We have about 90 animals: three working bulls, about 40 breeding females with their calves, and growing heifers and steers. The heifers are added to the breeding herd or sold, and the steers eventually become beef.
Most of the year the cattle live entirely on natural forage. In the winter the more demanding animals (such as in-milk mothers) are fed hay and straw in our yard, while the rest live on dry heathland, where they eat heather and only need a little extra feed.
We keep chemical inputs to a minimum. No fertilisers or herbicides are used on the land, and treatment of the animals is limited to medicines if they are ever ill (rarely) and occasional parasite treatments (using methods which avoid harm to dung insects and other wild invertebrates).
Stocking density is low, each animal using between about 1 and as much as 10 hectares (2½ to 25 acres), depending upon the habitat and the time of year.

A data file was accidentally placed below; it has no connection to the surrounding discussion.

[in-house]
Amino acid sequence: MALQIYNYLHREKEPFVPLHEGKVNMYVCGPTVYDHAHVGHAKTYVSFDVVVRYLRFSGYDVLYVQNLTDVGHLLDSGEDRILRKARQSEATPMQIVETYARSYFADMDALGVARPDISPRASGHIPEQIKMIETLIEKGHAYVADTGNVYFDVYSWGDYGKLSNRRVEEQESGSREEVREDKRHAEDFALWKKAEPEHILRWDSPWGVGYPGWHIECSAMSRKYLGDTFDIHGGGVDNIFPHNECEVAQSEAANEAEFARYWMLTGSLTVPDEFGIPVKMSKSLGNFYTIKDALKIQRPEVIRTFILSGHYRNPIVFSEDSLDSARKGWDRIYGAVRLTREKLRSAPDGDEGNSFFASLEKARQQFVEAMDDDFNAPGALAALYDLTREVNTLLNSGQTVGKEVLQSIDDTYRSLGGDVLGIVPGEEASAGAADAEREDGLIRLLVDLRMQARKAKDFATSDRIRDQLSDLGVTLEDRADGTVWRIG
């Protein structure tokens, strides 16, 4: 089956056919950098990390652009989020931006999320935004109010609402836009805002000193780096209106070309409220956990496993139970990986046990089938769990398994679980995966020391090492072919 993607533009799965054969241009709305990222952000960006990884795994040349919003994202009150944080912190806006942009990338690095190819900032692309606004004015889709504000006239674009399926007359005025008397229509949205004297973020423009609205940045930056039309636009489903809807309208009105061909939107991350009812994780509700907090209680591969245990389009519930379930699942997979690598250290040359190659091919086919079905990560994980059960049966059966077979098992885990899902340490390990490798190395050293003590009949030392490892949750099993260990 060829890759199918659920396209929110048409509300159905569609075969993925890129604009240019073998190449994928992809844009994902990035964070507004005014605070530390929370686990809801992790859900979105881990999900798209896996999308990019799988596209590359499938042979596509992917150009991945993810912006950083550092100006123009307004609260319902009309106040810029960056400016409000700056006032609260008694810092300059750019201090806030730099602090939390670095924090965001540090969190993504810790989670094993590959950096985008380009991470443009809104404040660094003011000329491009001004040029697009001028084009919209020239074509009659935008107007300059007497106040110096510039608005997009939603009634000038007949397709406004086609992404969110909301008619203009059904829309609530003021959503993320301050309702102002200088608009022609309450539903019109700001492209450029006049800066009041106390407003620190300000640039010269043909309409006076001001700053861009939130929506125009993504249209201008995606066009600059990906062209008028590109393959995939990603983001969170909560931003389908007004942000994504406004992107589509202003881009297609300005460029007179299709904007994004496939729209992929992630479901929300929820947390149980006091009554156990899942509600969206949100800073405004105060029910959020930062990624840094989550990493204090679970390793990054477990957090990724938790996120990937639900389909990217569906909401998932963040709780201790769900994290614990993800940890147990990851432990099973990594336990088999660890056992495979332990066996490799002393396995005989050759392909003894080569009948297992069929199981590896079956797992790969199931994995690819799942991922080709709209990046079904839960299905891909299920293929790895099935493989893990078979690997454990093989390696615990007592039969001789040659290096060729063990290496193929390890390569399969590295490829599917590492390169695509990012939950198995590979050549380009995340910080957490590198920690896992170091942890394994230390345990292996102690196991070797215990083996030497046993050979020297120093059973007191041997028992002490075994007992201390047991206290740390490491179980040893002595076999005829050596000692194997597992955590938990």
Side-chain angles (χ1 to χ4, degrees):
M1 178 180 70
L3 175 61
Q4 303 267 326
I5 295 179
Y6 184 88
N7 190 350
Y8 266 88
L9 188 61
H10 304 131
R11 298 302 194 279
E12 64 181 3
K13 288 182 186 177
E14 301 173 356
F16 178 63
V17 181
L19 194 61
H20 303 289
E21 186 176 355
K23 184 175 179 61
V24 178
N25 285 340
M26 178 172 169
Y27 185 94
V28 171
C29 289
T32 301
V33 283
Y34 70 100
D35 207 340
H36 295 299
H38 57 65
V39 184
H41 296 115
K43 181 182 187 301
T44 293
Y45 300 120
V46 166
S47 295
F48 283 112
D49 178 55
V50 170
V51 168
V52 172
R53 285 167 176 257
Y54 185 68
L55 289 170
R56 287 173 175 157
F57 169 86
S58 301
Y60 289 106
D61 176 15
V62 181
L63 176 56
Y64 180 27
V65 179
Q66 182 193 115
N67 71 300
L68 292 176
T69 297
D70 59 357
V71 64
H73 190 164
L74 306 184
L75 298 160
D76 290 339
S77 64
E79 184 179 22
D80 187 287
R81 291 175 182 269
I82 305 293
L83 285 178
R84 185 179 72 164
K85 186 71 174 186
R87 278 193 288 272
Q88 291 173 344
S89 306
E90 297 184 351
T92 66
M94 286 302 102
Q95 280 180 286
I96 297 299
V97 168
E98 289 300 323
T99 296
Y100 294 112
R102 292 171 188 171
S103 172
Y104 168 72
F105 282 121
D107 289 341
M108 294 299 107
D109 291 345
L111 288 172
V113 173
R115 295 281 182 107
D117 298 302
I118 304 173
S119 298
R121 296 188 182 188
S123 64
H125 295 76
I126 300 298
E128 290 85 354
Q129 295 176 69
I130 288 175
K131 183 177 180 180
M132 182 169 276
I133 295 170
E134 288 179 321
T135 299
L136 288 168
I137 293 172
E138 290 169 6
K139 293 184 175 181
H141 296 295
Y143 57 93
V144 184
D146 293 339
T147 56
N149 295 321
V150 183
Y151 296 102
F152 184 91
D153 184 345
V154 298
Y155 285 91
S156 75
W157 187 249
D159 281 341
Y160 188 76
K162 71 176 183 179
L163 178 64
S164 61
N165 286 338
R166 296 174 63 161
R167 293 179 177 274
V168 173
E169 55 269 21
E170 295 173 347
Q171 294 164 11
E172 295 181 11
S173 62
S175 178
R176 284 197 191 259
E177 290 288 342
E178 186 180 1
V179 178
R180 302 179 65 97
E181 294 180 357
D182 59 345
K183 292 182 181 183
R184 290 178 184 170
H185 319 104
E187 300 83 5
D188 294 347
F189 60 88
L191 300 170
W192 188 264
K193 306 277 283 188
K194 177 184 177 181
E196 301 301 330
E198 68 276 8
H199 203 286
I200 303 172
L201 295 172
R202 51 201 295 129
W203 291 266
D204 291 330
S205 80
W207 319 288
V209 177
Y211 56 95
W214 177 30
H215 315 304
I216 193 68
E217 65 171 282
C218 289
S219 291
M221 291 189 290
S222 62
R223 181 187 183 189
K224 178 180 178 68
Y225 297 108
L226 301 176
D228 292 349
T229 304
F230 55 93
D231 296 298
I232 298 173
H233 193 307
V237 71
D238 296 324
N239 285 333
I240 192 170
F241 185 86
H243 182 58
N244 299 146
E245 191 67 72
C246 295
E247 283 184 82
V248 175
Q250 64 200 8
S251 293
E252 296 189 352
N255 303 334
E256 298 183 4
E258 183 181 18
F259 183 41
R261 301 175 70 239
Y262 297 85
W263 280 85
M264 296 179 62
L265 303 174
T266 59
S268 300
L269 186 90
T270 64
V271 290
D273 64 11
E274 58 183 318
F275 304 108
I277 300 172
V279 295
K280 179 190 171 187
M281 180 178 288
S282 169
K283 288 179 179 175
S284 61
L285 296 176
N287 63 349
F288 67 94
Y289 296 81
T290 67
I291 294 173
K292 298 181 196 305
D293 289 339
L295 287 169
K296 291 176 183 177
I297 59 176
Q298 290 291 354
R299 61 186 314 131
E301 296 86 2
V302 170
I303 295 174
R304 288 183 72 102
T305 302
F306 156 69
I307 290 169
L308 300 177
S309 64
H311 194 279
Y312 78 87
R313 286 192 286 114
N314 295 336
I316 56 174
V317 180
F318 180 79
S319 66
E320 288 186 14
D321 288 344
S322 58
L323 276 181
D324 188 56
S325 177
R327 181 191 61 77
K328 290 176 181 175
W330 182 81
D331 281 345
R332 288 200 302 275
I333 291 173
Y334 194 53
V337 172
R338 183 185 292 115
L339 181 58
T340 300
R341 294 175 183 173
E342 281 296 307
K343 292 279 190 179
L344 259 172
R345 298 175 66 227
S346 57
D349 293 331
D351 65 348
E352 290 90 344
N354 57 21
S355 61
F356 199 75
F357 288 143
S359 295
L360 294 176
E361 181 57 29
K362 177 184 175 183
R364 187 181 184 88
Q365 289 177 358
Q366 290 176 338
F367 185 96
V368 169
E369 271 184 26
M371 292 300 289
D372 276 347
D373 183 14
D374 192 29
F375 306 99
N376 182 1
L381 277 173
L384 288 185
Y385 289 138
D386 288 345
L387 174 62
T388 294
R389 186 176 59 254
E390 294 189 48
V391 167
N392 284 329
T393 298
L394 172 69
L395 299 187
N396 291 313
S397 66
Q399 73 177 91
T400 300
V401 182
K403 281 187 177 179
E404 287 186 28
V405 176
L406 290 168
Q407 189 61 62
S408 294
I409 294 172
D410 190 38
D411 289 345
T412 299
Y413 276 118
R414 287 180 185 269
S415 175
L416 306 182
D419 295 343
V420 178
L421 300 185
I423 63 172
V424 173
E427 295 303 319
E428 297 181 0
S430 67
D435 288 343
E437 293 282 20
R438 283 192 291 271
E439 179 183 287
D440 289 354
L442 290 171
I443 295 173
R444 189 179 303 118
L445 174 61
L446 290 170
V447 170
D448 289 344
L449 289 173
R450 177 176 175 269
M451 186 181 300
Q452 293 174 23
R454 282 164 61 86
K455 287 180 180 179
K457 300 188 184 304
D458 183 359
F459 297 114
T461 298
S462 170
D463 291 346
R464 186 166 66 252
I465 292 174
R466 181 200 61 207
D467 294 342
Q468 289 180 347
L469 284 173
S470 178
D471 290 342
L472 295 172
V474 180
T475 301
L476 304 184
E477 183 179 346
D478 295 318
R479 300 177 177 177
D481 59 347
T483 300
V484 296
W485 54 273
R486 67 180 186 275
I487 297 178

Calves remain with their mothers, weaning naturally at about nine months old. We do not normally milk the cows, though sometimes we will hand-milk a little, for example to help prevent mastitis when weaning, or when a cow has lost a calf. The milk is very creamy, and when we make butter it varies in texture according to the pasture. Their cheese is superb!
The cattle are keen and adventurous foragers. As well as grass and heather, they eat nettles, rushes, thistles and many other plants, sometimes preferring them to lush grass. They eat most broadleaved trees and shrubs (if they can reach them) often helping with scrub clearance. They are cautious with new plants, sniffing and nibbling for several days before eating them properly--this is important for grazing animals so they don't get poisoned. There are some plants (such as ragwort and rhododendron) which they never eat, however hungry.
Photo: Enthusiastic scrub clearance: Sabina (then a 2-year-old heifer)
More about the herd
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